But as ritual demands, tis the season to think forward and lean into the work ahead. I still want to eat healthier, be a better friend, take better care of the guy I finally got and save the world. What I’ve learned over time, however, is that I am not powerful enough to save the whole world. If that is my benchmark I will fail. So this year I want to use my voice effectively, bravely and often. I will focus. I will not worry what people think about me. I will not hide behind my privilege, I will call myself on it time and time again. I will do a better job of refreshing my spirit. I will open my heart to exploring new ways of seeing and understanding. I may join a drum circle? I will speak truth to power.  I WILL NOT GIVE UP on my belief in the inherent worth and dignity of all beings and our shared right to happiness, safety and love.

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Solstice by Kylie Verbies

To be of use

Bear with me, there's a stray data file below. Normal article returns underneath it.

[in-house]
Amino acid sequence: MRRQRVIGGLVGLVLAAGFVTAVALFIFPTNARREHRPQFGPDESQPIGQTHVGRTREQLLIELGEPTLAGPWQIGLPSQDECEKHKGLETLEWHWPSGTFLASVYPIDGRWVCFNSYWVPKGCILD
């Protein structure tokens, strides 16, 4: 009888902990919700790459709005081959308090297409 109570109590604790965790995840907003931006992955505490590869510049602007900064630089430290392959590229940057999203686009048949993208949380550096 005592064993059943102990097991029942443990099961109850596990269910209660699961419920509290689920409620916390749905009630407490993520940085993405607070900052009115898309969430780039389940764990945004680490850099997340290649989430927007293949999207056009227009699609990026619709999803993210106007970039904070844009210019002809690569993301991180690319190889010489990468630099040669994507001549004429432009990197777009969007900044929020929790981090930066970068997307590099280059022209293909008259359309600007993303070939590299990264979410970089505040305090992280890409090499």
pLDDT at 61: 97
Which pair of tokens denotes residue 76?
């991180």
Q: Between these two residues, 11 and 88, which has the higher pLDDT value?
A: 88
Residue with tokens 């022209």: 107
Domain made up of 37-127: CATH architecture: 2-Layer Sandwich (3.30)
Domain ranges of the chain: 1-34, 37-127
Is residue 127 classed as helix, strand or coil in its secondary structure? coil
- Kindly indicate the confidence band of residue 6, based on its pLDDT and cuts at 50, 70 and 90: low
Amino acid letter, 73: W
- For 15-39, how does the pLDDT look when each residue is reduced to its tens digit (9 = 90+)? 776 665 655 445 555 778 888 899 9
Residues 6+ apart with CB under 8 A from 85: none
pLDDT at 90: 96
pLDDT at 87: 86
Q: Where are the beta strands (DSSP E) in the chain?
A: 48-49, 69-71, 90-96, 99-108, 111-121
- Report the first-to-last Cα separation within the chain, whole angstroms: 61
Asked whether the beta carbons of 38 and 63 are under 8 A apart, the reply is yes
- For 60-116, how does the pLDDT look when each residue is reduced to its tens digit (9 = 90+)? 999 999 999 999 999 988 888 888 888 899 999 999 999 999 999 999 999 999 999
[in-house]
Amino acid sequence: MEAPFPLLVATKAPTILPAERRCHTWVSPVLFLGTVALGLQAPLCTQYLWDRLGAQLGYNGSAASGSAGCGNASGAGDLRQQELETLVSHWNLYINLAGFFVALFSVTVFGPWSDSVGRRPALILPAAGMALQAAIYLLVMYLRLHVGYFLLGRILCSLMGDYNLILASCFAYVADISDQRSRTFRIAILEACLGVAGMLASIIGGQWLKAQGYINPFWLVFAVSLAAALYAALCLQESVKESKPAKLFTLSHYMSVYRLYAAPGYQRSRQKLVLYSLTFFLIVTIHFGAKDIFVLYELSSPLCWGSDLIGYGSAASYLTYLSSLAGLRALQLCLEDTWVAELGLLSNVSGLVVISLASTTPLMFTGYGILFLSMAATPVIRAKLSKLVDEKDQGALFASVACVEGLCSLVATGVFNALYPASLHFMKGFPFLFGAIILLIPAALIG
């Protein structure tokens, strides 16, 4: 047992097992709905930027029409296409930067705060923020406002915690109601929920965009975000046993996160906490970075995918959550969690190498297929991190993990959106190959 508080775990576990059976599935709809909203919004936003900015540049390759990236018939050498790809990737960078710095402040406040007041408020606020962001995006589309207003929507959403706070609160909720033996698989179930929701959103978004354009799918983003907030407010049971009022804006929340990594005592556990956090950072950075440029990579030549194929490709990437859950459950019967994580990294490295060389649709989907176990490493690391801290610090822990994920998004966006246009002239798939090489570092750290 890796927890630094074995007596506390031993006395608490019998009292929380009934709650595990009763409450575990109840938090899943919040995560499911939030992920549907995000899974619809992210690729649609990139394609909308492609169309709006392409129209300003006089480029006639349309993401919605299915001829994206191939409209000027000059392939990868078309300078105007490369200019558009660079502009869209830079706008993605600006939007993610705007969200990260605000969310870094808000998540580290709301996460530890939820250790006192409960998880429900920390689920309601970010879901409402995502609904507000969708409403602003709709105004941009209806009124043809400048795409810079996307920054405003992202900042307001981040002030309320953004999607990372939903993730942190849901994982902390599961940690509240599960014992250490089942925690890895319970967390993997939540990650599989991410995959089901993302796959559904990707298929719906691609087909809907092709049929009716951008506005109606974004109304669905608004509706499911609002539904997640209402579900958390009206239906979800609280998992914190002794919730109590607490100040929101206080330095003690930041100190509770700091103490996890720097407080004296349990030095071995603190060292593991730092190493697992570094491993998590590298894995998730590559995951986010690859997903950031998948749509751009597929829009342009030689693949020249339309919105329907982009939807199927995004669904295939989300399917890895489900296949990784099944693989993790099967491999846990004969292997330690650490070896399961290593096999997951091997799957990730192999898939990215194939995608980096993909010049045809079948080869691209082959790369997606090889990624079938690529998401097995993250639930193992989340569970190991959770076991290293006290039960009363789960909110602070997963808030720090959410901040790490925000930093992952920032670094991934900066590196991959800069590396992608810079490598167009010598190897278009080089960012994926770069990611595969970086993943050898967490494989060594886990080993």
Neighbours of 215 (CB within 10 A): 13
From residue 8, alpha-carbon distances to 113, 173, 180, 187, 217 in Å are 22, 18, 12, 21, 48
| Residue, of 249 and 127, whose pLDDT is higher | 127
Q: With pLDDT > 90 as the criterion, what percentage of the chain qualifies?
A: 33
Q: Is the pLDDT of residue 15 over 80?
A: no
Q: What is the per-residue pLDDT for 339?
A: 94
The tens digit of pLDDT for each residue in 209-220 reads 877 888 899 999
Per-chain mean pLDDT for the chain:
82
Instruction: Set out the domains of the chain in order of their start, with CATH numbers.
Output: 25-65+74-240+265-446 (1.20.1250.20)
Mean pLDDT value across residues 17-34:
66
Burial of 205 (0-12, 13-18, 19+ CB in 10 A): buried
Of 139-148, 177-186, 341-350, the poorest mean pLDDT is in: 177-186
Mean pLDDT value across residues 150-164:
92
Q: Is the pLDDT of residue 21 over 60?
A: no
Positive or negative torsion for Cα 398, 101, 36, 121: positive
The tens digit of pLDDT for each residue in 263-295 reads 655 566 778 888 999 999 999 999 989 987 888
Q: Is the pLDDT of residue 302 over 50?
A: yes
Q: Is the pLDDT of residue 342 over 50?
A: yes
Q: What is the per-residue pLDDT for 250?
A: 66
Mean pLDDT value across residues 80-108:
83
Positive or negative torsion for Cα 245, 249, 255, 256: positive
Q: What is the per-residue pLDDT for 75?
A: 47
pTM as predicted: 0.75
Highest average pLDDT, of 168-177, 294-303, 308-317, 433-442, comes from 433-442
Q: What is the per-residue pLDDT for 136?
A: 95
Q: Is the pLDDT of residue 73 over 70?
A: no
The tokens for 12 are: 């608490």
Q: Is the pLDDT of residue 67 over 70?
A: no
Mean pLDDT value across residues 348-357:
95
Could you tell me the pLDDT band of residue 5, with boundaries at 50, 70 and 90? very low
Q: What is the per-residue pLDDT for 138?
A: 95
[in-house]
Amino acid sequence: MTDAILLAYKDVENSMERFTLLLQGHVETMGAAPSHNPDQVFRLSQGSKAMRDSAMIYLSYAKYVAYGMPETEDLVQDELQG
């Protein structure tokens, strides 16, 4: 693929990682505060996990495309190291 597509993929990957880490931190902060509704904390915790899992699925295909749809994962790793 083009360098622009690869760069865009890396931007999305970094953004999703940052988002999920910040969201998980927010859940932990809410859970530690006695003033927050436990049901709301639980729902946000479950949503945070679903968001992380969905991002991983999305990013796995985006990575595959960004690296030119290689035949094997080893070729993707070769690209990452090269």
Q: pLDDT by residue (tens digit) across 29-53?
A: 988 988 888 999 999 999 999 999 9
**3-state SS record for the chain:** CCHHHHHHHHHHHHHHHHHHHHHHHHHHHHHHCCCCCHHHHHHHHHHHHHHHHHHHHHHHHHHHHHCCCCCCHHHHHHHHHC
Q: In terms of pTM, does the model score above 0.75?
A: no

By MARGE PIERCY

The people I love the best

jump into work head first

without dallying in the shallows

and swim off with sure strokes almost out of sight.

They seem to become natives of that element,

the black sleek heads of seals

bouncing like half-submerged balls.

 

I love people who harness themselves, an ox to a heavy cart,

who pull like water buffalo, with massive patience,

who strain in the mud and the muck to move things forward,

who do what has to be done, again and again.

 

I want to be with people who submerge

in the task, who go into the fields to harvest

and work in a row and pass the bags along,

who are not parlor generals and field deserters

but move in a common rhythm

when the food must come in or the fire be put out.

 

The work of the world is common as mud.

Botched, it smears the hands, crumbles to dust.

But the thing worth doing well done

has a shape that satisfies, clean and evident.

Greek amphoras for wine or oil,

Hopi vases that held corn, are put in museums

but you know they were made to be used.

The pitcher cries for water to carry

and a person for work that is real.

audre-lorde